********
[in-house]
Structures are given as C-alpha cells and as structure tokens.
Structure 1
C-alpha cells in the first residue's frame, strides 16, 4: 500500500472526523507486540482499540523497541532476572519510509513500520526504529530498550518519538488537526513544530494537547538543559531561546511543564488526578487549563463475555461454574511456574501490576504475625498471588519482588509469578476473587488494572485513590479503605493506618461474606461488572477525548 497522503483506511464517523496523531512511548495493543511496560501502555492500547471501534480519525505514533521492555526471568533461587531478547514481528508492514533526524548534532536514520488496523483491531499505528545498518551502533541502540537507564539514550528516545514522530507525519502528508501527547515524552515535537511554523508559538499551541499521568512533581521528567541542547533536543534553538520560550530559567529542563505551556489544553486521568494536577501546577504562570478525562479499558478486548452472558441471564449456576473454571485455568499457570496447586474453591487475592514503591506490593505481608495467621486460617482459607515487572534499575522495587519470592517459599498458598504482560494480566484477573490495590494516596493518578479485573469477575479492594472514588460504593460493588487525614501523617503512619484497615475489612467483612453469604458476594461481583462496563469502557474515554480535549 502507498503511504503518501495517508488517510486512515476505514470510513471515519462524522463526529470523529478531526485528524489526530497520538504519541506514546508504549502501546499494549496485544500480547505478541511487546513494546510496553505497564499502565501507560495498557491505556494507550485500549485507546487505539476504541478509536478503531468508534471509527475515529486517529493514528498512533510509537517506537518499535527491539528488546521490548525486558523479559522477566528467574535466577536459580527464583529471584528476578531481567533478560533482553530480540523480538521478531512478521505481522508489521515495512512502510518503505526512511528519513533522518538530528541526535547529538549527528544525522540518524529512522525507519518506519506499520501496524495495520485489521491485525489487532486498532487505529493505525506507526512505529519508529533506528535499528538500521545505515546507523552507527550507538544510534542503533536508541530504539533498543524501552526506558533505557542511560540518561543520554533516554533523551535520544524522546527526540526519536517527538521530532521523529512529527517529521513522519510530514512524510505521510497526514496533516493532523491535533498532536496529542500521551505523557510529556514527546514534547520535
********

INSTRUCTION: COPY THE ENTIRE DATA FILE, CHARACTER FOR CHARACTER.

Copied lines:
[in-house]
Structures are given as C-alpha cells and as structure tokens.
Structure 1
C-alpha cells in the first residue's frame, strides 16, 4: 500500500472526523507486540482499540523497541532476572519510509513500520526504529530498550518519538488537526513544530494537547538543559531561546511543564488526578487549563463475555461454574511456574501490576504475625498471588519482588509469578476473587488494572485513590479503605493506618461474606461488572477525548 497522503483506511464517523496523531512511548495493543511496560501502555492500547471501534480519525505514533521492555526471568533461587531478547514481528508492514533526524548534532536514520488496523483491531499505528545498518551502533541502540537507564539514550528516545514522530507525519502528508501527547515524552515535537511554523508559538499551541499521568512533581521528567541542547533536543534553538520560550530559567529542563505551556489544553486521568494536577501546577504562570478525562479499558478486548452472558441471564449456576473454571485455568499457570496447586474453591487475592514503591506490593505481608495467621486460617482459607515487572534499575522495587519470592517459599498458598504482560494480566484477573490495590494516596493518578479485573469477575479492594472514588460504593460493588487525614501523617503512619484497615475489612467483612453469604458476594461481583462496563469502557474515554480535549 502507498503511504503518501495517508488517510486512515476505514470510513471515519462524522463526529470523529478531526485528524489526530497520538504519541506514546508504549502501546499494549496485544500480547505478541511487546513494546510496553505497564499502565501507560495498557491505556494507550485500549485507546487505539476504541478509536478503531468508534471509527475515529486517529493514528498512533510509537517506537518499535527491539528488546521490548525486558523479559522477566528467574535466577536459580527464583529471584528476578531481567533478560533482553530480540523480538521478531512478521505481522508489521515495512512502510518503505526512511528519513533522518538530528541526535547529538549527528544525522540518524529512522525507519518506519506499520501496524495495520485489521491485525489487532486498532487505529493505525506507526512505529519508529533506528535499528538500521545505515546507523552507527550507538544510534542503533536508541530504539533498543524501552526506558533505557542511560540518561543520554533516554533523551535520544524522546527526540526519536517527538521530532521523529512529527517529521513522519510530514512524510505521510497526514496533516493532523491535533498532536496529542500521551505523557510529556514527546514534547520535